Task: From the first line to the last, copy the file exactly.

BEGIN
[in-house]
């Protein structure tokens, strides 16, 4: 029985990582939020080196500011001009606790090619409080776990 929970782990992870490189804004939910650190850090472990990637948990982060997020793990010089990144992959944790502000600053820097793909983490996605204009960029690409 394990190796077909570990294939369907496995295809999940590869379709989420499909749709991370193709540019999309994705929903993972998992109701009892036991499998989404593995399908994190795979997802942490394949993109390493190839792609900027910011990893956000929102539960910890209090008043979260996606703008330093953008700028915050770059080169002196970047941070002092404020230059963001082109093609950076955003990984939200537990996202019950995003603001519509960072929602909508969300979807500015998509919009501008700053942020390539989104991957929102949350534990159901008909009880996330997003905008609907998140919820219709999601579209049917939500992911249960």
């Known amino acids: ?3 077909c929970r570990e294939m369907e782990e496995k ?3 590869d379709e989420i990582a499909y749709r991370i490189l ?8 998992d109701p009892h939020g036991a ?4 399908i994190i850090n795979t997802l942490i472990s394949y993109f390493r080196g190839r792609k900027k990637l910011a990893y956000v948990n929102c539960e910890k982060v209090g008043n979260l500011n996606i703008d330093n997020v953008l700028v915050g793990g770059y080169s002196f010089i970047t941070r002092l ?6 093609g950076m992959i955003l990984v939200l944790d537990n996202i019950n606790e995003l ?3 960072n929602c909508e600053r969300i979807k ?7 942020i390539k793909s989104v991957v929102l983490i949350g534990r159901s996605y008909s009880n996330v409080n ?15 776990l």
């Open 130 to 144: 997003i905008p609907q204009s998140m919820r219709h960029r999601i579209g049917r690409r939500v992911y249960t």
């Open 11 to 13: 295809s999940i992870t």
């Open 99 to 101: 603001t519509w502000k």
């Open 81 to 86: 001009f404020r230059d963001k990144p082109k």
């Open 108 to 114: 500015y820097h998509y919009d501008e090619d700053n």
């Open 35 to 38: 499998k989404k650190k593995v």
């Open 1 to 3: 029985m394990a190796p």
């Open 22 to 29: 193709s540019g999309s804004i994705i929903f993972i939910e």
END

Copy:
[in-house]
């Protein structure tokens, strides 16, 4: 029985990582939020080196500011001009606790090619409080776990 929970782990992870490189804004939910650190850090472990990637948990982060997020793990010089990144992959944790502000600053820097793909983490996605204009960029690409 394990190796077909570990294939369907496995295809999940590869379709989420499909749709991370193709540019999309994705929903993972998992109701009892036991499998989404593995399908994190795979997802942490394949993109390493190839792609900027910011990893956000929102539960910890209090008043979260996606703008330093953008700028915050770059080169002196970047941070002092404020230059963001082109093609950076955003990984939200537990996202019950995003603001519509960072929602909508969300979807500015998509919009501008700053942020390539989104991957929102949350534990159901008909009880996330997003905008609907998140919820219709999601579209049917939500992911249960």
């Known amino acids: ?3 077909c929970r570990e294939m369907e782990e496995k ?3 590869d379709e989420i990582a499909y749709r991370i490189l ?8 998992d109701p009892h939020g036991a ?4 399908i994190i850090n795979t997802l942490i472990s394949y993109f390493r080196g190839r792609k900027k990637l910011a990893y956000v948990n929102c539960e910890k982060v209090g008043n979260l500011n996606i703008d330093n997020v953008l700028v915050g793990g770059y080169s002196f010089i970047t941070r002092l ?6 093609g950076m992959i955003l990984v939200l944790d537990n996202i019950n606790e995003l ?3 960072n929602c909508e600053r969300i979807k ?7 942020i390539k793909s989104v991957v929102l983490i949350g534990r159901s996605y008909s009880n996330v409080n ?15 776990l």
């Open 130 to 144: 997003i905008p609907q204009s998140m919820r219709h960029r999601i579209g049917r690409r939500v992911y249960t």
């Open 11 to 13: 295809s999940i992870t």
């Open 99 to 101: 603001t519509w502000k």
């Open 81 to 86: 001009f404020r230059d963001k990144p082109k």
């Open 108 to 114: 500015y820097h998509y919009d501008e090619d700053n």
């Open 35 to 38: 499998k989404k650190k593995v």
């Open 1 to 3: 029985m394990a190796p």
């Open 22 to 29: 193709s540019g999309s804004i994705i929903f993972i939910e």